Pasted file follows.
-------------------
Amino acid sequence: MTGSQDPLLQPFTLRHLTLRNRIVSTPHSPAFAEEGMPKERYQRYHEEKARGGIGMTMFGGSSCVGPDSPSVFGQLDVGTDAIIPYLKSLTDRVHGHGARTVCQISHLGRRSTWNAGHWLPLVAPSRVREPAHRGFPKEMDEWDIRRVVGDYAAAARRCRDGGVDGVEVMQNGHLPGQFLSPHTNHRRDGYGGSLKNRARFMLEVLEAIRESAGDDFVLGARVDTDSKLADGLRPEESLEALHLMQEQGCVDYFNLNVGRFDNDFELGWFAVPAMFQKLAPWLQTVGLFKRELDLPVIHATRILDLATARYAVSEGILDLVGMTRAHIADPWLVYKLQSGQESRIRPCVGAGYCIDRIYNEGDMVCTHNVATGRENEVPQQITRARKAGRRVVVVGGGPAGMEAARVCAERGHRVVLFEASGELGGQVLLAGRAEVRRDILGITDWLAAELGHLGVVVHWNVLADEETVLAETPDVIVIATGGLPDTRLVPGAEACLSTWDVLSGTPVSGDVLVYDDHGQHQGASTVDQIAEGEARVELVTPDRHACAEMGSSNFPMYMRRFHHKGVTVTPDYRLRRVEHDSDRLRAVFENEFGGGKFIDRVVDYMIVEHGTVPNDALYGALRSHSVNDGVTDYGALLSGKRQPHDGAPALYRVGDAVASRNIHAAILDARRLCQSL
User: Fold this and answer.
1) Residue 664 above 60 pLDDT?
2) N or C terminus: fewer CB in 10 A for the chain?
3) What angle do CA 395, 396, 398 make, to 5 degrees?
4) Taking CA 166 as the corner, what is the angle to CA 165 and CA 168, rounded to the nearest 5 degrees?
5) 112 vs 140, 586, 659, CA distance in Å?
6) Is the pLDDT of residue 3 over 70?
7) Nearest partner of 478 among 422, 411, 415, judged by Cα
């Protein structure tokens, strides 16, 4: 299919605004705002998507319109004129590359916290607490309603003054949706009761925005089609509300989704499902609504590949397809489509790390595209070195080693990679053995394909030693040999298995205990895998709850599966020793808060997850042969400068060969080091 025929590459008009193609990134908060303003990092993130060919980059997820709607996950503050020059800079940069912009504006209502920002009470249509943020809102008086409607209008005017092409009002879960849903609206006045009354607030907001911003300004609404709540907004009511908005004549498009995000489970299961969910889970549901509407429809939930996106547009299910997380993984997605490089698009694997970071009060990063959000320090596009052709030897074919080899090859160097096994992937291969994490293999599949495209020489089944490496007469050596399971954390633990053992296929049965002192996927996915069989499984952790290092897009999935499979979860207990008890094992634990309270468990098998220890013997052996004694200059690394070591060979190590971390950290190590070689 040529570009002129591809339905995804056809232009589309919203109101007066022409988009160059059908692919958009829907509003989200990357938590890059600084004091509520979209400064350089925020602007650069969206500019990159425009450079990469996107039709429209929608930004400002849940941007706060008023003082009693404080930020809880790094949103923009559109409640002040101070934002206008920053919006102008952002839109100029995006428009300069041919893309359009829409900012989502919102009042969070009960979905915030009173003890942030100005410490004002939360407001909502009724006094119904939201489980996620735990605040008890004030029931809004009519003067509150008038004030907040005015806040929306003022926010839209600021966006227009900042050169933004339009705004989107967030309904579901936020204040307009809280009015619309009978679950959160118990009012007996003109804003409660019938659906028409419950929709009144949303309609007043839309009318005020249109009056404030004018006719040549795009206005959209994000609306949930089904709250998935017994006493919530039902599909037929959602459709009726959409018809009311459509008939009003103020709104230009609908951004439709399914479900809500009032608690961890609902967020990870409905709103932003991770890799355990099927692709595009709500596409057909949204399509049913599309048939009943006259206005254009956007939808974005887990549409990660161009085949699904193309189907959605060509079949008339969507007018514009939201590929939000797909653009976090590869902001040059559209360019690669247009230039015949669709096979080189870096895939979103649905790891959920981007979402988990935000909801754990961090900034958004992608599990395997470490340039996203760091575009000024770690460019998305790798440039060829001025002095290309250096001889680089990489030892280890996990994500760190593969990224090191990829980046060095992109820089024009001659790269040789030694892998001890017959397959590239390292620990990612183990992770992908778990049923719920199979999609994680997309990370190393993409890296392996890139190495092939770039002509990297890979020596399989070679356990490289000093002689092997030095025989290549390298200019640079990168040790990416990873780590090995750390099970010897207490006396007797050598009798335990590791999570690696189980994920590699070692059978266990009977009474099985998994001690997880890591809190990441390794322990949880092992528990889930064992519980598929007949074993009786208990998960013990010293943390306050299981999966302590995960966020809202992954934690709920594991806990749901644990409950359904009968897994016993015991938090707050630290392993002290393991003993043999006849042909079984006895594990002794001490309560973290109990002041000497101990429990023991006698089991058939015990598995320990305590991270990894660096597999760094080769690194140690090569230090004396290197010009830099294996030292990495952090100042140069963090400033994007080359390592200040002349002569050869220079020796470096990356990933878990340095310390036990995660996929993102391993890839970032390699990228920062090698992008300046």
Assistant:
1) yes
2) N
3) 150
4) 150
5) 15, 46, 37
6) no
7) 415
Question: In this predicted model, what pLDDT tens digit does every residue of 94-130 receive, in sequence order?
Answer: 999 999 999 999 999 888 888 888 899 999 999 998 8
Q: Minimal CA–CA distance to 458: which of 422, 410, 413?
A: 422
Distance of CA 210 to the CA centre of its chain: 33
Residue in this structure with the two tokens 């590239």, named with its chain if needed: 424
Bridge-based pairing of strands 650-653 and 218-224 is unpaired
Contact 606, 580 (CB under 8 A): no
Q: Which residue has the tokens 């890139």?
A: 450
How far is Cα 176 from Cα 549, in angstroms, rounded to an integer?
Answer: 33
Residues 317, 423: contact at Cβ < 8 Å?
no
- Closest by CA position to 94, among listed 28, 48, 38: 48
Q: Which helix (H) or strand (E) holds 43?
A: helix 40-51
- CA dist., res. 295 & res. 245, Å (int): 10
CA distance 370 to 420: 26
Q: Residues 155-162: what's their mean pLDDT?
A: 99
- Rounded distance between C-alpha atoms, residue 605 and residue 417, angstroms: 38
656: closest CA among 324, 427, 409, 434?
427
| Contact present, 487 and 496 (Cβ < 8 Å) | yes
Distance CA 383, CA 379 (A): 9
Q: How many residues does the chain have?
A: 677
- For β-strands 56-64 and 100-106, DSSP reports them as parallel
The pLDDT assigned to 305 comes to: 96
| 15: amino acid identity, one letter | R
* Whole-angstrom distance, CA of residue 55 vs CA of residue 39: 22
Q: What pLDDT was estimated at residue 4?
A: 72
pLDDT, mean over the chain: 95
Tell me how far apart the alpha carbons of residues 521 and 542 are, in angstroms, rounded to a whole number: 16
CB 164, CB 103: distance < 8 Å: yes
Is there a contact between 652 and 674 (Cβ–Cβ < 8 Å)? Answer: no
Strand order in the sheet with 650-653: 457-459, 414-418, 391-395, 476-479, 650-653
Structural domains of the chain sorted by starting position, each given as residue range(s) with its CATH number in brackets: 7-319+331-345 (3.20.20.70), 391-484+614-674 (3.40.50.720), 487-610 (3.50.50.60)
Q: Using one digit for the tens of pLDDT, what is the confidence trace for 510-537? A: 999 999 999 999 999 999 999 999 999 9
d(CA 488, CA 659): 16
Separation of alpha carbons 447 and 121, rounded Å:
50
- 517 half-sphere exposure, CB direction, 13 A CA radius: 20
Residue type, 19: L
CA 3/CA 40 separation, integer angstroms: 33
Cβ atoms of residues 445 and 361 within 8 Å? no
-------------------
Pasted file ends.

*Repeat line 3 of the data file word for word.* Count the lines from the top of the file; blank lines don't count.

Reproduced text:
1) Residue 664 above 60 pLDDT?